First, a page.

“More is more, less is a bore,” says Thomas Burak and we loved his “more is more” Gramercy Park apartment that he shares with his partner of Fourteen years, fabric designer Michael Devine. In fact when Sian and I played our periodic game called: “If you were rich, which decorator would you have?” Sian put Thomas high on her list. Very soft-spoken, it was hard to imagine him as he once, if only briefly, was—a retailer in Kinderhook taxed by the irritating general public to the point of wanting to smash a glass on the floor. But his main incarnation has been, and still is, as a decorator with quiet confidence and a way of putting together gorgeous rooms in which things just seem to belong in place.
You know I dug you up by going through the vintage stuff on One Kings Lane [website] … I feel I should just know you but that’s how I found you—I saw your profile and I clicked on it.
The whole web thing just never ceases to fascinate me—how people find each other …
But there’s not much technology in these rooms, is there?
I do sit in here or in the bedroom with my computer but I’m just not a real techie person. You can’t live without the computer or the iPhone but you know ….
I sometimes wonder if we [as the baby boomers] are the lucky generation. We can use computers and so forth well enough, not great but enough to get some benefits but because we didn’t grow up steeped in it, we can also put them aside …
And have a conversation! Young kids getting out of college today don’t know how to communicate!
Do you have interns?
I don’t. I try to do as much as possible by myself. I really like it that way. Sometimes I can just do it better myself. I hear from other designers that none of the young assistants want to go out and shop. They all want to do it on the computer.
How did you start out in design?
I started out in interior design and advanced forward and ended up as Vice President and Creative Director for Schumacher. That involved designing fabric, directing and I had a staff of ten people. That was about 12 years ago. It was very, very fulfilling in that you came up with an idea or a concept and then [after] a lot of steps along the way, you would get a piece of fabric on a roll that represented the concept.
Are textiles your first love?
I would say they are. It really is what gives a room personality. Textiles are really art.
Do people still ask you to make a room that looks like this living room?
Yes, a variation of it. But maybe they would want modern art incorporated into it. If I were to change things in here, then I could see incorporating some modern art … I’m not going to but I could see it!
What are people most anxious about when they hire a decorator?
Timing … delivery. [The client will say] “Gee you know, I can’t make a decision … are you sure that that is going to work?” Well yes I am because I suggested it and I suggested it because I know it will work. If you go through too much hesitation, you know it’s not clicking between you and the client.
I do other kinds of writing and I’m never really sure if something I’ve written is good or not but designers seem to be very sure of their work almost all the time—is that true?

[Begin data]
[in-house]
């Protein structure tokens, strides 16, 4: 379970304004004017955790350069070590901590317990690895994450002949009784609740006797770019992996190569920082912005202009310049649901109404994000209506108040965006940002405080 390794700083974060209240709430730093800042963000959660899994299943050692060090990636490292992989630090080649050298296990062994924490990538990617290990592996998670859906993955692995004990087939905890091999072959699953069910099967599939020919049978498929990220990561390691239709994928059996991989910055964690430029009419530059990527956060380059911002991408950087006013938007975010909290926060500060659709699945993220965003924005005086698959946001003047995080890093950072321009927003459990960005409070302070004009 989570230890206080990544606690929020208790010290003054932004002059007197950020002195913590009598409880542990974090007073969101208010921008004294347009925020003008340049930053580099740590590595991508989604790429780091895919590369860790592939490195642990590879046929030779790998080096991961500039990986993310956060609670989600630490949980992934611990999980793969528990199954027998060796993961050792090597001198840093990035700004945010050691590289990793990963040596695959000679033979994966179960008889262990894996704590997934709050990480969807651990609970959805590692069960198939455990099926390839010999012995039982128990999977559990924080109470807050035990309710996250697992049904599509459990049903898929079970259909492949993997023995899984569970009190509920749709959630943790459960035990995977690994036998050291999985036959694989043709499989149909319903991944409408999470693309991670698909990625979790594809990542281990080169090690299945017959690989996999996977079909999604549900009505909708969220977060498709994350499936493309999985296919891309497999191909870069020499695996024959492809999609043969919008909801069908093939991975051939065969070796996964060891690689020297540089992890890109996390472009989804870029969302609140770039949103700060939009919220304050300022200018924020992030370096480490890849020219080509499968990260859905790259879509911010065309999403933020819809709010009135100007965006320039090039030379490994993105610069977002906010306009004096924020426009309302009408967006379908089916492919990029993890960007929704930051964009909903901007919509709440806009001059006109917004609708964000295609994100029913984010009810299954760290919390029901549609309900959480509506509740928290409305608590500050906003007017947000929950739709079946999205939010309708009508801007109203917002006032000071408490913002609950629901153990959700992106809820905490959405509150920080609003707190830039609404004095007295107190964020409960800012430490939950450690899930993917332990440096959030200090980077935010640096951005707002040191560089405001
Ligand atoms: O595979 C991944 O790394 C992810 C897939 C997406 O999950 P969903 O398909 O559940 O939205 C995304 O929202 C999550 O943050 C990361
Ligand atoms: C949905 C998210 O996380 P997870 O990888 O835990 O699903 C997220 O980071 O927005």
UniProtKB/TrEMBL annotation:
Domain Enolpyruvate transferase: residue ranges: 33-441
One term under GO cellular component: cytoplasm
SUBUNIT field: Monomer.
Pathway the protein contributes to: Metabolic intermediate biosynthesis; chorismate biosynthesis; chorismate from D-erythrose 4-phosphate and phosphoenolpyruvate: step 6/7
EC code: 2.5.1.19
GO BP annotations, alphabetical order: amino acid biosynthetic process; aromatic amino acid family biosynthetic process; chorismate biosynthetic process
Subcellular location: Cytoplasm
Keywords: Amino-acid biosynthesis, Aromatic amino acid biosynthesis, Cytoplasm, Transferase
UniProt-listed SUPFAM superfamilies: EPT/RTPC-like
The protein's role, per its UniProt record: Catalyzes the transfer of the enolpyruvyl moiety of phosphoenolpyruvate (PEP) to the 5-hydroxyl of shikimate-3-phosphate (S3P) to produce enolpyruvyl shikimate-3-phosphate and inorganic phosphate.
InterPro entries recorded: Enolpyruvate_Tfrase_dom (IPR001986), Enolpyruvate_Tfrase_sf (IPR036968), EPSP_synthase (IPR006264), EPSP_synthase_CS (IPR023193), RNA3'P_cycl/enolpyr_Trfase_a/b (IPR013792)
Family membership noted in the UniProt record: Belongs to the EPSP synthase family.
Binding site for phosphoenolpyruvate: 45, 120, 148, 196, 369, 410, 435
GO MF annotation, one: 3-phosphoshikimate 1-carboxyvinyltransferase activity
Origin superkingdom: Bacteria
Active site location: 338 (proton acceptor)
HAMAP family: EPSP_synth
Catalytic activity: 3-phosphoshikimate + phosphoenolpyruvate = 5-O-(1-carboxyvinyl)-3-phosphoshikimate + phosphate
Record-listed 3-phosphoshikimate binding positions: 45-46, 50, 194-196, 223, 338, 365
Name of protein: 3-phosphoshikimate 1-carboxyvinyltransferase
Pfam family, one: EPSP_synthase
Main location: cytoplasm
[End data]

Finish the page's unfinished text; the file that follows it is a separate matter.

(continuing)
It’s a visual that you have. Once I start presenting fabrics and furniture, I can see that room already finished. That was the hardest thing for me to learn when I started out in this business.
How does this apartment differ from your house in the country?
The house in the country is much smaller. What we did in the country is that we ended up buying a small building in Kinderhook, which also had a storefront. We lived on the floor above and we opened a gift and accessory home store … and we discovered that retail isn’t as much fun as you think it is.
Oh—why is retail not as much fun as you think it is?
I shouldn’t say this but it’s terrible dealing with the public. For example, we had these beautiful glasses, like Venetian glass, very thin … [imitates a customer] “Why are these glasses so much? They’re plastic.” What I really wanted to do was take the glass and smash it on the floor. It was horrible! The store only lasted a couple of years. The concept of doing the store I loved … as long as there were no customers!
Aside from your weekends in the country, where else do you like to travel?
We go to Paris a lot but one place I really want to go to is St. Petersburg. I’m fascinated by the Russian style. There’s something about the grandeur of it and the guts of it. I also have a great affinity with Swedish furniture. They took the best of French style and refined it.
What do you do to relax when you’re in the country?
I don’t know that I ever relax.
We never interview anybody who relaxes!
I complain about having to do so much stuff but … it’s sort of like 24/7 and I enjoy what I do. I get to spend other people’s money. It’s really great! It’s really fun. [laughs] But I have to be out there and doing things. I become obsessed with things. I can wake up at three o’clock in the morning thinking, oh my God, this would be better, that would be better.
You’re known for doing great tablescapes—what does it take to make a table look nice even if you haven’t got a lot of money?
[Pulls a face at the “not a lot of money” part and mutters] I far prefer the money … okay I would say great flowers—but not just plonked in the middle.
You wouldn’t have jam jars with flowers in them then?
We once had jam jars with name cards on them, filled with homemade jam and the lids had Michael’s fabric on them. [Michael Devine, Thomas’s partner and fabric designer]
But money is nice …
Er, it’s aways helpful, it really is … [laughs]. That’s the way I like clients: funny, money and taste.